It had its day and was forgotten.  I challenge Bargh and Fitzmaurice to produce a single fully authenticated case between 1850 and 1950 to the contrary (excepting quotations of the treaty itself of course).  What has been called “a singular, late and remarkable exception” was when Queen Victoria was addressed as “Tino Rangatira” in a mid-19th century letter to her by some Rotorua chiefs, but even that does not use “tino rangatiratanga”. The Bargh and Fitzmaurice claim that “Rangatiratanga has never been abandoned” is quite simply a gross falsehood.

Furthermore, the pretence that any latter-day “meaning” attributed to “tino rangatiratanga” is applicable in a 182-year-old document, the Treaty of Waitangi, is a serious methodological error entirely unacceptable in the work of any academic whatever.

What Bargh and Fitzmaurice write is neither history nor informed commentary.  They would do well to read the Education Act carefully before they indulge in further misleading exercises.

Such imaginary and recreated history has become very fashionable amongst NZ academics who then use (or misuse) their academic gravitas to assail the people of NZ until it seems to become an unquestioned de facto truth.  Perhaps one can guess why.

What Article Second of the Treaty of Waitangi really did was assure all the people of New Zealand (tangata katoa o Nu Tirani) of their right to own property, both real and personal, with the implicit recognition that the Queen would protect those rights against threats from foreign powers and from other enemies within its shores.  And that is that!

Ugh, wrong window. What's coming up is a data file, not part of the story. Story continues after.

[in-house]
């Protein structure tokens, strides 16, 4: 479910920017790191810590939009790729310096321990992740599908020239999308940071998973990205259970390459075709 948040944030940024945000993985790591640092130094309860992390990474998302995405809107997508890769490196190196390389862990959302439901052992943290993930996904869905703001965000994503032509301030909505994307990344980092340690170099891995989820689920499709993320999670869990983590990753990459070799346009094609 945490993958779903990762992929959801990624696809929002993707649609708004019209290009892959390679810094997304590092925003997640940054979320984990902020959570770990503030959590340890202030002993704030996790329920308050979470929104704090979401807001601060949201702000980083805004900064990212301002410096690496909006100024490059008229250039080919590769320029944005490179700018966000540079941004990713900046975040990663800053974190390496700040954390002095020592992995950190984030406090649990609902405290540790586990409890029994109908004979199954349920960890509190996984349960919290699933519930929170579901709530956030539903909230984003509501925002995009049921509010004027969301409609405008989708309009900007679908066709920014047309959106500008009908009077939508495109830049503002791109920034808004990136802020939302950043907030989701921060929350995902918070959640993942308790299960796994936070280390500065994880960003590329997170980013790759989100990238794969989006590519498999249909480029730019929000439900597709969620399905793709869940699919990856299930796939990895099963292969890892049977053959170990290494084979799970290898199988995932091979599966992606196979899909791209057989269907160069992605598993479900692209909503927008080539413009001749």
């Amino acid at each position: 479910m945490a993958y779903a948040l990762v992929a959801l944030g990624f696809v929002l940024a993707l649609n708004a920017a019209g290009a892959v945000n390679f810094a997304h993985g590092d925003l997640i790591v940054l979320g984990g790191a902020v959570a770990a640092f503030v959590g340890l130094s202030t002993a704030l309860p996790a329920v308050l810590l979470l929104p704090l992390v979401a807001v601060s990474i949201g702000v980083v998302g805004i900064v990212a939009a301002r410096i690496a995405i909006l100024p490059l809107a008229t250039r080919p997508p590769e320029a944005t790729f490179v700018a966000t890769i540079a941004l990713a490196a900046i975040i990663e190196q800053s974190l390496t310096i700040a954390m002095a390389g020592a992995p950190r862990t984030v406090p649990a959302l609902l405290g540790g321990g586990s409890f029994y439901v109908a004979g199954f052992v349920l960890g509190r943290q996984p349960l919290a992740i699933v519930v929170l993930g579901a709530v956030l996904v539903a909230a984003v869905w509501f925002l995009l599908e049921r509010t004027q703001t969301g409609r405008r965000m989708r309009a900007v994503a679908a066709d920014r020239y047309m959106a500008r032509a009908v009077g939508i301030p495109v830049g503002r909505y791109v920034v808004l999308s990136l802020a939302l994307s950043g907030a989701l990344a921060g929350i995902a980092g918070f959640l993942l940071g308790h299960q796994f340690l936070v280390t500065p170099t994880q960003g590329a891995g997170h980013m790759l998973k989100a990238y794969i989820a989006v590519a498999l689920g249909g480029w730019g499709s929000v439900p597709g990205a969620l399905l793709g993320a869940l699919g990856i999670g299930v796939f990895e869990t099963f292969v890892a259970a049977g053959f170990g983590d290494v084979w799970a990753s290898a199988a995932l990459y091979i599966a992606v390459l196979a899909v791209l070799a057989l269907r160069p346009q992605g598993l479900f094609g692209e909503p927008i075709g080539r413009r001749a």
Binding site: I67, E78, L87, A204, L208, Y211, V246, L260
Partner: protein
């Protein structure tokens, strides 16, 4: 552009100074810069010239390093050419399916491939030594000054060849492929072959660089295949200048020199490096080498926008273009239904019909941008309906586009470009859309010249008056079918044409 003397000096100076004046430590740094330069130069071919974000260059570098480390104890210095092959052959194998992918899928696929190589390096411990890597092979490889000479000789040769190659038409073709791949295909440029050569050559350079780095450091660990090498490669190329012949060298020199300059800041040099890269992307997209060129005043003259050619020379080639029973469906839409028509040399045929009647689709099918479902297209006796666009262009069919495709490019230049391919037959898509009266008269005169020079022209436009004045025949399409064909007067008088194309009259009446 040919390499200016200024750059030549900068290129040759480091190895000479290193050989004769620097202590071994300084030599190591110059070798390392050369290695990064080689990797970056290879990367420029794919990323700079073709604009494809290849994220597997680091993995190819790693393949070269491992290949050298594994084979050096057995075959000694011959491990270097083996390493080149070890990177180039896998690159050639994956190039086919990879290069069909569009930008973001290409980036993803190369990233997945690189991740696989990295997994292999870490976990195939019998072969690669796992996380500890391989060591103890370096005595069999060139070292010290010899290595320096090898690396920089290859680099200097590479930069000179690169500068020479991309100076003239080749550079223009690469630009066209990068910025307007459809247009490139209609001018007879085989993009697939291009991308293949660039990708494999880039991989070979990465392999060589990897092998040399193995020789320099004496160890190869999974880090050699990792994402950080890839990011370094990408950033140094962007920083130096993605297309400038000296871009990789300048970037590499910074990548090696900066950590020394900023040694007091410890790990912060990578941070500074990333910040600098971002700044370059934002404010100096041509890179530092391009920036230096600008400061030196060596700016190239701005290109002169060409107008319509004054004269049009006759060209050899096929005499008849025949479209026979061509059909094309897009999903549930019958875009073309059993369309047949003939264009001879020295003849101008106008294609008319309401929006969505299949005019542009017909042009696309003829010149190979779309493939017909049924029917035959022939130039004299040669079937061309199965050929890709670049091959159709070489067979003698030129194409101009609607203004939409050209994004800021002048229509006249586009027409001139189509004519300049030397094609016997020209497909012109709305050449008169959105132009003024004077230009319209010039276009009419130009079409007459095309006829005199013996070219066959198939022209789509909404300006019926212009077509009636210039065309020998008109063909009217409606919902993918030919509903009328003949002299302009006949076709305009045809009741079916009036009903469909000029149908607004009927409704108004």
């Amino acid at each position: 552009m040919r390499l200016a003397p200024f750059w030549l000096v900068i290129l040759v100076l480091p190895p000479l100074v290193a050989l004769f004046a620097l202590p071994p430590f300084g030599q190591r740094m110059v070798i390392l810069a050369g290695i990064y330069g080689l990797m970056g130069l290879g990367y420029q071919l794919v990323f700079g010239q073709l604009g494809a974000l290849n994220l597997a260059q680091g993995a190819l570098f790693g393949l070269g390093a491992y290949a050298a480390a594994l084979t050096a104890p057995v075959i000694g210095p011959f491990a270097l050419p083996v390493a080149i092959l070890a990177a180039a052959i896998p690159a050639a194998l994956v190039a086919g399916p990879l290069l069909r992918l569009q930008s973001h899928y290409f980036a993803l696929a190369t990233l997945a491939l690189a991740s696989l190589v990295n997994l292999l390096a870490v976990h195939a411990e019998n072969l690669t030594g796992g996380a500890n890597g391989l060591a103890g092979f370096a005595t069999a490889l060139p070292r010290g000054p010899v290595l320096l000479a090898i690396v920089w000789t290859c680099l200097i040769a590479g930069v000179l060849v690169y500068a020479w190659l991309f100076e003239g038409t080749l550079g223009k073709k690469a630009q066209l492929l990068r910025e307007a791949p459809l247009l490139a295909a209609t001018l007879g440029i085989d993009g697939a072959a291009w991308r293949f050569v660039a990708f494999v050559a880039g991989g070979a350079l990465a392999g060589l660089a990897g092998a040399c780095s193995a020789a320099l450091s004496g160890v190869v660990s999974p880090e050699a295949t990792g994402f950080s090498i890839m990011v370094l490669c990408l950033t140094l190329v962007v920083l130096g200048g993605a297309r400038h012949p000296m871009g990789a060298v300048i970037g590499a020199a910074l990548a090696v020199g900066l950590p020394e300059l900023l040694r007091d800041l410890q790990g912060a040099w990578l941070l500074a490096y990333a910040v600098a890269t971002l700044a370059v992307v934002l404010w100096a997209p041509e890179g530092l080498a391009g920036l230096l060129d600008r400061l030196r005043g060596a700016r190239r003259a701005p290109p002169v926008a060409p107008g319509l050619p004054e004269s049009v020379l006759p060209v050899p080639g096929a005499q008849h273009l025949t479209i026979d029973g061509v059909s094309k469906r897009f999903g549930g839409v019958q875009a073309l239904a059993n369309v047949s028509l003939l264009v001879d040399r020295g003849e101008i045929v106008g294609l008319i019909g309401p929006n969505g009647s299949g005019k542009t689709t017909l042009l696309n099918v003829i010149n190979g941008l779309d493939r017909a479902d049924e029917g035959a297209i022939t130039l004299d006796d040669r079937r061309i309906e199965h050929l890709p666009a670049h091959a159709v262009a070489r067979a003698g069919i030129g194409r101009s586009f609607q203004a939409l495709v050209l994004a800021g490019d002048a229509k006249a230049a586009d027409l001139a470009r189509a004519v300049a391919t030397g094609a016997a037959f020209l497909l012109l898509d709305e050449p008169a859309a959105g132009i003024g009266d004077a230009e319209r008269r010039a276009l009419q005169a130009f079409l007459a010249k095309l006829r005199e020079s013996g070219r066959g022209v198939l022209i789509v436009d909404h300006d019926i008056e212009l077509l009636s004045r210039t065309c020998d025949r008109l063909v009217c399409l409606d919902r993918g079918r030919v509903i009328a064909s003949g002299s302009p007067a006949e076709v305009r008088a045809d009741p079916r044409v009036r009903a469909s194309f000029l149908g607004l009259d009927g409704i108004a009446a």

Busby had indeed used “rangatiratanga” on his 1835 paper tiger, the so-called “Declaration of Independence” and while it may be claimed by some, 180-plus years later, that “tino rangatiratanga” was not a suitable choice by the Williams for “possession”, the fact remains that nobody, as far as I know, objected to its use as such on 5th February 1840.

Bruce Moon is a retired computer pioneer who wrote "Real Treaty; False Treaty - The True Waitangi Story".


MPHW said...

Brilliant and erudite piece Bruce. I await the reply.

Wendy McArthur said...

Can someone tell me please what would qualify me as a Maori so that I could go onto the Maori roll? Many of the Maori representatives in parliament represent non-Maori electorates, so presumably Maori folk have the choice to be on either the Maori or the non-Maori electoral roll. Do non-Maori have the same choice?